from Come Fly With Me – Exploring Science through aviation and aerospace concepts.
GROUP SIZE: Individual or Small group
TIME: Several 45 minute periods
TYPE OF ACTIVITY: Modeling
TEACHING STRATEGY: Expository Guided Discovery
CONCEPTS: Rocket Stability Parts of a Rocket Static Test
SKILLS: Construction Following Directions Control of Variables
Objectives: To study the parts of a model rocket; to learn how a model rocket works; to build and launch a model rocket.
Materials: Rocket kit for each student (several easy to build, inexpensive models are available. Check online at estesrockets.com. They carry a wide variety of types and as well as many model rocketry manuals and activity guides.); a launch system (see activity # 15); extra fine sandpaper; single edge razor blades (one for each two students); rocket engines (at least one per student); igniters; recovery wadding; paint (Optional. Spray paint is easiest to use); activity guides; string; tape; good tacky white glue (It drys faster).
Teacher Background Information:
This lesson is designed to allow students to put together many of the concepts and skills learned in previous lessons from this guide and from your regular science classroom activities. You may very well find that several students in your classes have already assembled and flown model rockets. Their expertise can be very helpful to others in the classroom and to yourself if you have not built rockets before. If possible have the students who have built rockets review with the rest of the class what principles of science apply to the flight of their models. You can help them here to put together their presentations.
1. Use the illustration provided to review the parts of a rocket. You may wish to use an assembled model as part of this review.
2. Do a static test so that the students can see the workings of the engine and the recovery system. See Lesson #’s 12 or 36 for a review of how to set this up.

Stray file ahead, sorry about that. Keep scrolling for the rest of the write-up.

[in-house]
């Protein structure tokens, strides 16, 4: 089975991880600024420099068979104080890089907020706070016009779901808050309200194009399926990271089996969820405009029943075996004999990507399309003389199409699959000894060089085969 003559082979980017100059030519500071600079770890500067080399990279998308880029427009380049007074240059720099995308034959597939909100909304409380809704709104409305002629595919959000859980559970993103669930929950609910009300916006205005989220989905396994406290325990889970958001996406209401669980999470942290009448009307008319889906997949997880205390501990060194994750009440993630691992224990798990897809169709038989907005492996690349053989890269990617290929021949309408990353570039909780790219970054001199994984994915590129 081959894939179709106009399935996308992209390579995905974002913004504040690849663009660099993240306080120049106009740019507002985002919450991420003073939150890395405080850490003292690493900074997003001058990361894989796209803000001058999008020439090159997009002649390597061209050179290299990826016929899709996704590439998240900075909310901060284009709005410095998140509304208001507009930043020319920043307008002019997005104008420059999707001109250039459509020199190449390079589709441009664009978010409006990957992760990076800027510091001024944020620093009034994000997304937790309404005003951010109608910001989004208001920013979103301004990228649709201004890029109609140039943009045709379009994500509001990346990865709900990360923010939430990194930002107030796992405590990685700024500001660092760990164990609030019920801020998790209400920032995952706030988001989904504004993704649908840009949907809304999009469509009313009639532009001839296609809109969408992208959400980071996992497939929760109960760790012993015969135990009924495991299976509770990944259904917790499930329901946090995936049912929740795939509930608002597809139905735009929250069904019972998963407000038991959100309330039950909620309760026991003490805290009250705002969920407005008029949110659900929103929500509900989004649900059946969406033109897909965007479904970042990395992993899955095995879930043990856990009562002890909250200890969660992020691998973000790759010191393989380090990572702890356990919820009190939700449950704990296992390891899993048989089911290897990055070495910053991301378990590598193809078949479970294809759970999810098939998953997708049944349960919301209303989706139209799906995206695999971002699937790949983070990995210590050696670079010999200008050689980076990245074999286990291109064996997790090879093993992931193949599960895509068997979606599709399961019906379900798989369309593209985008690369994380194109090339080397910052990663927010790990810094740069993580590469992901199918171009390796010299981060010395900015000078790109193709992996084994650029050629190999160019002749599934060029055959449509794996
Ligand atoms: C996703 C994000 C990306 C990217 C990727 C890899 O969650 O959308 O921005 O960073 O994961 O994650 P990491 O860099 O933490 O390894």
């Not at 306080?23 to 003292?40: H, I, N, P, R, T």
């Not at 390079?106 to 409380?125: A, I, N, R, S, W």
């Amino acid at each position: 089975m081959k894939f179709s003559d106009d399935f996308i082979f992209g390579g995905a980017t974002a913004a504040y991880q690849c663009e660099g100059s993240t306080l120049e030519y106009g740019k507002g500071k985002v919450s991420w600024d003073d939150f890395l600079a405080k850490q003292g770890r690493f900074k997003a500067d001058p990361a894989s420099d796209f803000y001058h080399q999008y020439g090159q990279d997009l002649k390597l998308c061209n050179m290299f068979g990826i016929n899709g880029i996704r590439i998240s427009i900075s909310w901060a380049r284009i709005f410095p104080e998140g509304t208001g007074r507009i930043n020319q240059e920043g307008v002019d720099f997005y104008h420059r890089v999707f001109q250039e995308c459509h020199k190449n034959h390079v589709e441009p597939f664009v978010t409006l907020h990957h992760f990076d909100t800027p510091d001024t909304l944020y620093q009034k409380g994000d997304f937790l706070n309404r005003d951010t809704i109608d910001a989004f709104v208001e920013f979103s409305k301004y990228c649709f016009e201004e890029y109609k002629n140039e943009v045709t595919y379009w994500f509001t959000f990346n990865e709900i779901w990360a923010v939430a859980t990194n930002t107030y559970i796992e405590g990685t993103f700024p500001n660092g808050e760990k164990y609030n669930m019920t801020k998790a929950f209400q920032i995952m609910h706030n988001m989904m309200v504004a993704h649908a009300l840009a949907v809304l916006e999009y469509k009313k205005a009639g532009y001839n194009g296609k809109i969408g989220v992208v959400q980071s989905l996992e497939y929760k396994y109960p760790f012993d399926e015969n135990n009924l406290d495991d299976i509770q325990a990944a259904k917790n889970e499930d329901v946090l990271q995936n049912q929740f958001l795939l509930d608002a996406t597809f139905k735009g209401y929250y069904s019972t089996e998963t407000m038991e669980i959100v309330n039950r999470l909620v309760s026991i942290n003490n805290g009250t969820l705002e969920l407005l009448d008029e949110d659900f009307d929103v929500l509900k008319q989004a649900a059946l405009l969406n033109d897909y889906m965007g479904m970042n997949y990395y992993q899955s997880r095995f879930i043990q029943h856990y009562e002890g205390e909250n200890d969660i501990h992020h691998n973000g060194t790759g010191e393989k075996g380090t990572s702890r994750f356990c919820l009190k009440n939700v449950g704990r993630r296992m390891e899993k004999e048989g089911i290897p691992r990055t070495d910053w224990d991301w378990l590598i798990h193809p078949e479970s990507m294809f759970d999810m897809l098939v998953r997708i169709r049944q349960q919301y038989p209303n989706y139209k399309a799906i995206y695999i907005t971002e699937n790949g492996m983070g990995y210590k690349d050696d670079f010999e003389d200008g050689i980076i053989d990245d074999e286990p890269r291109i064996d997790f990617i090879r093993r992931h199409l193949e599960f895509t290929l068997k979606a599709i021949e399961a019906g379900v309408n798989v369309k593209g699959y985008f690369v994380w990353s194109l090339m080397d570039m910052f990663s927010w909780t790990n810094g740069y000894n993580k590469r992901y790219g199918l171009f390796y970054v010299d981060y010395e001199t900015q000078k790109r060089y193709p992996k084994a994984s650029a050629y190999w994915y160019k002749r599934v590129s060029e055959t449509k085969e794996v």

3. Have the students review the principles of flight for the rocket. Bernoulli‘s principle may not be as obvious for the rocket as it was for the plane. Newton’s laws are a bit more obvious.
4. Have the students assemble their models after reading the directions through carefully.
5. Test the rockets for stability. First locate the center of balance by resting the body tube of the completed model on your finger. Next, tie a loop of string around the balance point and tape it down. In an open area, swing the model around by the string. If the model is stable, it should fly without tumbling. If the model does tumble, add weight to the nose cone or use larger fins. (This should not be a problem with the models from a kit.) D0 NOT FLY A MODEL THAT DOES NOT PASS THE STABILITY TEST.
6. Paint the models and allow them to dry. This adds to the durability of the rocket which should last for many launches. 7. Have the students decide how to evaluate the flight of the rocket. How high did it fly? How fast did it go?
How close to a point which has been predetermined can you get the model to land? ‘
Extensions: Contact a local amateur rocket club and arrange for a demonstration of larger rockets which these clubs many times make. Have the students build one or more class rockets of the larger variety. Have the students build and test a rocket of their own design. Find out about the manufacture of safe model rocket engines. (The substance in the manufactured model engines is identical to the solid fuel in the boosters used by the Shuttle).